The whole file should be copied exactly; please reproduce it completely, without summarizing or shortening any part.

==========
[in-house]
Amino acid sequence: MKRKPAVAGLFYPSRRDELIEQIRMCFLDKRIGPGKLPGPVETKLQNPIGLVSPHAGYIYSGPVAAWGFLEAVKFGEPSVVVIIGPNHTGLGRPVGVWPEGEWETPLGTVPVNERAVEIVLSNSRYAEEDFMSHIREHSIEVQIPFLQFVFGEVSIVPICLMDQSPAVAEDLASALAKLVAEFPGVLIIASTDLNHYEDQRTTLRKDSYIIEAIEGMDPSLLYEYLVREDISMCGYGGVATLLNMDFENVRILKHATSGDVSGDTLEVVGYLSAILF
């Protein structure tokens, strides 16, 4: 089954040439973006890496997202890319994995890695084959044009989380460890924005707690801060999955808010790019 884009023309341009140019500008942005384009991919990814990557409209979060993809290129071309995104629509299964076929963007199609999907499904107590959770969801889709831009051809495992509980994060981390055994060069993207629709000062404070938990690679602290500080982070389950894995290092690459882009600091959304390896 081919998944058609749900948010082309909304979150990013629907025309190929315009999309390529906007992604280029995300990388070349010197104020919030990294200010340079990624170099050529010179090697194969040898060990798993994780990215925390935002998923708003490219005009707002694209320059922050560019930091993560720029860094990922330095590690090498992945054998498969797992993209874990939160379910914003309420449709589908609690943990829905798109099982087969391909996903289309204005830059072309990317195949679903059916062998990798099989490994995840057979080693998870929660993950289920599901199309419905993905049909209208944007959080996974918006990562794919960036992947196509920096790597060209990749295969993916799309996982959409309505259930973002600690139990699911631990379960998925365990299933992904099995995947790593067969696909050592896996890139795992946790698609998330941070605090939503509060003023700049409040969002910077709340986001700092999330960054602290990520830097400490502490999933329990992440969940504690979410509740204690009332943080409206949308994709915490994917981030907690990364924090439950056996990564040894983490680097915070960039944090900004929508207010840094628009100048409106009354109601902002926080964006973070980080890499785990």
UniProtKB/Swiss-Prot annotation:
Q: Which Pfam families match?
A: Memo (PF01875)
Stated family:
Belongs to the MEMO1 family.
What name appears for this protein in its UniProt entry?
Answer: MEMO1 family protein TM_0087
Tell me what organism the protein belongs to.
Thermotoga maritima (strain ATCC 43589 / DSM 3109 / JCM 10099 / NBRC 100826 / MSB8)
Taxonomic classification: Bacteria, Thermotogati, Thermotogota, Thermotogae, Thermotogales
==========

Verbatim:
[in-house]
Amino acid sequence: MKRKPAVAGLFYPSRRDELIEQIRMCFLDKRIGPGKLPGPVETKLQNPIGLVSPHAGYIYSGPVAAWGFLEAVKFGEPSVVVIIGPNHTGLGRPVGVWPEGEWETPLGTVPVNERAVEIVLSNSRYAEEDFMSHIREHSIEVQIPFLQFVFGEVSIVPICLMDQSPAVAEDLASALAKLVAEFPGVLIIASTDLNHYEDQRTTLRKDSYIIEAIEGMDPSLLYEYLVREDISMCGYGGVATLLNMDFENVRILKHATSGDVSGDTLEVVGYLSAILF
């Protein structure tokens, strides 16, 4: 089954040439973006890496997202890319994995890695084959044009989380460890924005707690801060999955808010790019 884009023309341009140019500008942005384009991919990814990557409209979060993809290129071309995104629509299964076929963007199609999907499904107590959770969801889709831009051809495992509980994060981390055994060069993207629709000062404070938990690679602290500080982070389950894995290092690459882009600091959304390896 081919998944058609749900948010082309909304979150990013629907025309190929315009999309390529906007992604280029995300990388070349010197104020919030990294200010340079990624170099050529010179090697194969040898060990798993994780990215925390935002998923708003490219005009707002694209320059922050560019930091993560720029860094990922330095590690090498992945054998498969797992993209874990939160379910914003309420449709589908609690943990829905798109099982087969391909996903289309204005830059072309990317195949679903059916062998990798099989490994995840057979080693998870929660993950289920599901199309419905993905049909209208944007959080996974918006990562794919960036992947196509920096790597060209990749295969993916799309996982959409309505259930973002600690139990699911631990379960998925365990299933992904099995995947790593067969696909050592896996890139795992946790698609998330941070605090939503509060003023700049409040969002910077709340986001700092999330960054602290990520830097400490502490999933329990992440969940504690979410509740204690009332943080409206949308994709915490994917981030907690990364924090439950056996990564040894983490680097915070960039944090900004929508207010840094628009100048409106009354109601902002926080964006973070980080890499785990």
UniProtKB/Swiss-Prot annotation:
Q: Which Pfam families match?
A: Memo (PF01875)
Stated family:
Belongs to the MEMO1 family.
What name appears for this protein in its UniProt entry?
Answer: MEMO1 family protein TM_0087
Tell me what organism the protein belongs to.
Thermotoga maritima (strain ATCC 43589 / DSM 3109 / JCM 10099 / NBRC 100826 / MSB8)
Taxonomic classification: Bacteria, Thermotogati, Thermotogota, Thermotogae, Thermotogales